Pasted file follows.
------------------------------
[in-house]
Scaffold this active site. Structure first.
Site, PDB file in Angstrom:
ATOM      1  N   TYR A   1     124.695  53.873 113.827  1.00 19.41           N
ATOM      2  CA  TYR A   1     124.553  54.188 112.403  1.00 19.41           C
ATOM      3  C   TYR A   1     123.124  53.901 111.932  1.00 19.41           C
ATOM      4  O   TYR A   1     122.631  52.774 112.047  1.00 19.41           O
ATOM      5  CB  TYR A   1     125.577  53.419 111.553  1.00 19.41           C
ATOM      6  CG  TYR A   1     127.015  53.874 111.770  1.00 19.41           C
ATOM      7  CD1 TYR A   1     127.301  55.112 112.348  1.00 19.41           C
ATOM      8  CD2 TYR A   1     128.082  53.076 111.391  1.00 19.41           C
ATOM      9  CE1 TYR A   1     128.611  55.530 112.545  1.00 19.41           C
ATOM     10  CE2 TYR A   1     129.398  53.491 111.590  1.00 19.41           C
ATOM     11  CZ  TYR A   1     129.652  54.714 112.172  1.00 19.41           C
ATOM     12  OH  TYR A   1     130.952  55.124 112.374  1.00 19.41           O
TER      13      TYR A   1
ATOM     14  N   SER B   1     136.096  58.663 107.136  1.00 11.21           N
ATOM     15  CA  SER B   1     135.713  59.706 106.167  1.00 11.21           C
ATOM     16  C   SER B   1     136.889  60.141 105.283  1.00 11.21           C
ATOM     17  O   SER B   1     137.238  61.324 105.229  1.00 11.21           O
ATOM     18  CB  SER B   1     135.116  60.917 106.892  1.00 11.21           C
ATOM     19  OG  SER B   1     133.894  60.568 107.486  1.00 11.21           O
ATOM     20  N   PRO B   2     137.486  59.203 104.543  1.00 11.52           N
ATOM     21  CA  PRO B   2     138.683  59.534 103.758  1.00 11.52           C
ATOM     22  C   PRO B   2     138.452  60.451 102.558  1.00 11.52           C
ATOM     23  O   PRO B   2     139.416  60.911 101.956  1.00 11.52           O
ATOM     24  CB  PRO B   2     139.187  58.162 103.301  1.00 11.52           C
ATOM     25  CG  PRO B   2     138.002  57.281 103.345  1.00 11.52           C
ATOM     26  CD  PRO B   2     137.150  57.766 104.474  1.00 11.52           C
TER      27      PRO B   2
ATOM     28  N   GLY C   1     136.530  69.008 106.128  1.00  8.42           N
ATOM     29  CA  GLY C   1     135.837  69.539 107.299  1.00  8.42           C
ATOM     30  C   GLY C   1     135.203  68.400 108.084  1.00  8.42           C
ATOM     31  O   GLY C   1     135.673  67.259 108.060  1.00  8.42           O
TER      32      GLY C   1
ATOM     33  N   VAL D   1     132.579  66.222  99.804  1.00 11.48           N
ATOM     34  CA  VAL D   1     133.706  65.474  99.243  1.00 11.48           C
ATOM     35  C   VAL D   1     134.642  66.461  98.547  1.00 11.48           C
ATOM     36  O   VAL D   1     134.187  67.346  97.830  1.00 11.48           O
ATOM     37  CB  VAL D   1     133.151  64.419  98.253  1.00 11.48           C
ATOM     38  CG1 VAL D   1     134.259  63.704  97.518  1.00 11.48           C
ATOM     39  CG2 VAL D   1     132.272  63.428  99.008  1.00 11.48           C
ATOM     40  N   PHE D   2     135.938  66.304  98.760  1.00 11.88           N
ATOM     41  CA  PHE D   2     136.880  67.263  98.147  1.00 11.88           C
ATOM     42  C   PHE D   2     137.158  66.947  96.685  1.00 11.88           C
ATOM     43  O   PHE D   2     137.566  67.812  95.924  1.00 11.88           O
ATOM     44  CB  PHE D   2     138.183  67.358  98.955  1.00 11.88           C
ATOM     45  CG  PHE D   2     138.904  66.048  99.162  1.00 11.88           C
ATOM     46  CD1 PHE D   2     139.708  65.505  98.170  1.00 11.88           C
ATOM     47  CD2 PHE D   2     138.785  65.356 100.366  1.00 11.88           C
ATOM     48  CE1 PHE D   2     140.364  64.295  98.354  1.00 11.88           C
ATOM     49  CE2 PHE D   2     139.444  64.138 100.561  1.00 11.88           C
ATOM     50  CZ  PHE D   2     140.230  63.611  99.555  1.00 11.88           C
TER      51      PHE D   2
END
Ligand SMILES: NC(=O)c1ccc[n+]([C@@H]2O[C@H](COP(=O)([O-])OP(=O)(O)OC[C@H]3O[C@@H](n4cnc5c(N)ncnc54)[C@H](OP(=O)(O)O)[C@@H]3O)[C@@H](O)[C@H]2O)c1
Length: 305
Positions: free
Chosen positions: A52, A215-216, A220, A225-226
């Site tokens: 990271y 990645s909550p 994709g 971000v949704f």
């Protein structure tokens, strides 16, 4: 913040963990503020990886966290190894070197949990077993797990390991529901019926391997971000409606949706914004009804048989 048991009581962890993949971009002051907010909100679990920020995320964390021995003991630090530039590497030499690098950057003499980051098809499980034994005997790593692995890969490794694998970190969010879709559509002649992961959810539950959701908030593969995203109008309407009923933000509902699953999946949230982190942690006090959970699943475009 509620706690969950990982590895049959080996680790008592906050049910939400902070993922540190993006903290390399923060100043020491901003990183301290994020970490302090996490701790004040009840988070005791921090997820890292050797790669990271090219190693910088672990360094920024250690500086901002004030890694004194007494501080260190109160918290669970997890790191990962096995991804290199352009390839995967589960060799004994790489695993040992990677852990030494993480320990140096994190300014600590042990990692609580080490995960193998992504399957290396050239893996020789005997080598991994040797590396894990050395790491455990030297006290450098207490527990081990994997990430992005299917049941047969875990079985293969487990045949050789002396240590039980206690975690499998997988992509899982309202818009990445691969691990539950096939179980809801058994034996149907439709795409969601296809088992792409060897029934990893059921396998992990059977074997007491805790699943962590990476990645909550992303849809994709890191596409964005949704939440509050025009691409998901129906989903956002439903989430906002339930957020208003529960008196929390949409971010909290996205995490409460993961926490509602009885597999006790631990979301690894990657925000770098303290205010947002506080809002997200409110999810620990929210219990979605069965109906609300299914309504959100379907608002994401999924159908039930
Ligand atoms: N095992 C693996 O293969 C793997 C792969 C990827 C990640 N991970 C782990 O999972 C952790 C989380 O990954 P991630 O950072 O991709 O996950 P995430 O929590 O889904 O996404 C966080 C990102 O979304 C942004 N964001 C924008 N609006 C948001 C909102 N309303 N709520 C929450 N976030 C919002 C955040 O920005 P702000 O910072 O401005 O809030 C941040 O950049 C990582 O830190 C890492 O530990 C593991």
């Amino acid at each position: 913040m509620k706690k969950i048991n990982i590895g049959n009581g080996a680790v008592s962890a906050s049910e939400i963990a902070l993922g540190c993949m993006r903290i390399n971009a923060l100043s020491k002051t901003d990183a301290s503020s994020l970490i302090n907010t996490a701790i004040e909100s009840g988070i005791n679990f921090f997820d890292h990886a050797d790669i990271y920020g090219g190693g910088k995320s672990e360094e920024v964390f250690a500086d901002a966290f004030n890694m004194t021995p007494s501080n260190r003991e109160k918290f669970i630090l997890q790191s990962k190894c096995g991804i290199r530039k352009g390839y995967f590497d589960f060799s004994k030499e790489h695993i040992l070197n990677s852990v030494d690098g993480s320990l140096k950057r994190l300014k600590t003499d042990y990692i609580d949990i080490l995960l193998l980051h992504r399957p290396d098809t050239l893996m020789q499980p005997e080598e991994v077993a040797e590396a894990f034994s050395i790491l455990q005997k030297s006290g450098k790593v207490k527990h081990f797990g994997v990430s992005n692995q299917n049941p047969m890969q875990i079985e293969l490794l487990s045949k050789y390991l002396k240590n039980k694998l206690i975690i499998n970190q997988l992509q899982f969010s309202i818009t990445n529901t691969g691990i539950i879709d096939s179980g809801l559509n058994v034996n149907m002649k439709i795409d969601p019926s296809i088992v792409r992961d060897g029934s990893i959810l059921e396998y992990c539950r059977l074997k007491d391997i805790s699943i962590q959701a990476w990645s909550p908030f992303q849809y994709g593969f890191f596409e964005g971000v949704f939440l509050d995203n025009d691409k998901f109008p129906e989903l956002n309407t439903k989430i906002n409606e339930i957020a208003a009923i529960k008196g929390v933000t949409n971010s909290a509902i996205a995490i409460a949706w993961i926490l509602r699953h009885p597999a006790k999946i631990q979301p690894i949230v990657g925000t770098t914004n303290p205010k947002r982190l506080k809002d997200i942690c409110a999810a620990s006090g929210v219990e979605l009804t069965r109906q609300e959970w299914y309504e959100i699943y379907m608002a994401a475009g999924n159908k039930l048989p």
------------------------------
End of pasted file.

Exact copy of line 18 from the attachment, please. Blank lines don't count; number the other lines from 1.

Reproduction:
ATOM     15  CA  SER B   1     135.713  59.706 106.167  1.00 11.21           C